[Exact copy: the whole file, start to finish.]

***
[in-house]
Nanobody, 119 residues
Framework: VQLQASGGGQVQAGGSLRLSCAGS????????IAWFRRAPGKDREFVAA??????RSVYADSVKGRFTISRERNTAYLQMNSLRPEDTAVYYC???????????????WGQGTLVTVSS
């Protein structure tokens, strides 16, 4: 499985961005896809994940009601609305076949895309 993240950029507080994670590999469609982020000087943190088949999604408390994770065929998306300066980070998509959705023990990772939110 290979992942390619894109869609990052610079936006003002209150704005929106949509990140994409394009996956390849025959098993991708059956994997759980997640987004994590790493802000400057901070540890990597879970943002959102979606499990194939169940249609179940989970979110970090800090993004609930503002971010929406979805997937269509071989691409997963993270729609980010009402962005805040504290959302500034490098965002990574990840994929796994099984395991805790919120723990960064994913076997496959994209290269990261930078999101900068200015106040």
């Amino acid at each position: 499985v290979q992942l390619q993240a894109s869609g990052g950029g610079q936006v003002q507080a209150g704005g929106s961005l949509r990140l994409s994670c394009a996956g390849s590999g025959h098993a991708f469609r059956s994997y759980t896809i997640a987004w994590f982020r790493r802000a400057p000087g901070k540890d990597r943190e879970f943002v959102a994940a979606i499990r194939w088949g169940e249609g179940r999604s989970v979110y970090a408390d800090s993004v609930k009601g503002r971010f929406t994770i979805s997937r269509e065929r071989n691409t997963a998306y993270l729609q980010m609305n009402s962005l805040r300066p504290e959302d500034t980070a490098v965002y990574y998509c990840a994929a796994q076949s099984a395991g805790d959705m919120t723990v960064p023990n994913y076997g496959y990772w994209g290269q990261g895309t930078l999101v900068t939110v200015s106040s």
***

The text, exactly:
[in-house]
Nanobody, 119 residues
Framework: VQLQASGGGQVQAGGSLRLSCAGS????????IAWFRRAPGKDREFVAA??????RSVYADSVKGRFTISRERNTAYLQMNSLRPEDTAVYYC???????????????WGQGTLVTVSS
């Protein structure tokens, strides 16, 4: 499985961005896809994940009601609305076949895309 993240950029507080994670590999469609982020000087943190088949999604408390994770065929998306300066980070998509959705023990990772939110 290979992942390619894109869609990052610079936006003002209150704005929106949509990140994409394009996956390849025959098993991708059956994997759980997640987004994590790493802000400057901070540890990597879970943002959102979606499990194939169940249609179940989970979110970090800090993004609930503002971010929406979805997937269509071989691409997963993270729609980010009402962005805040504290959302500034490098965002990574990840994929796994099984395991805790919120723990960064994913076997496959994209290269990261930078999101900068200015106040």
């Amino acid at each position: 499985v290979q992942l390619q993240a894109s869609g990052g950029g610079q936006v003002q507080a209150g704005g929106s961005l949509r990140l994409s994670c394009a996956g390849s590999g025959h098993a991708f469609r059956s994997y759980t896809i997640a987004w994590f982020r790493r802000a400057p000087g901070k540890d990597r943190e879970f943002v959102a994940a979606i499990r194939w088949g169940e249609g179940r999604s989970v979110y970090a408390d800090s993004v609930k009601g503002r971010f929406t994770i979805s997937r269509e065929r071989n691409t997963a998306y993270l729609q980010m609305n009402s962005l805040r300066p504290e959302d500034t980070a490098v965002y990574y998509c990840a994929a796994q076949s099984a395991g805790d959705m919120t723990v960064p023990n994913y076997g496959y990772w994209g290269q990261g895309t930078l999101v900068t939110v200015s106040s």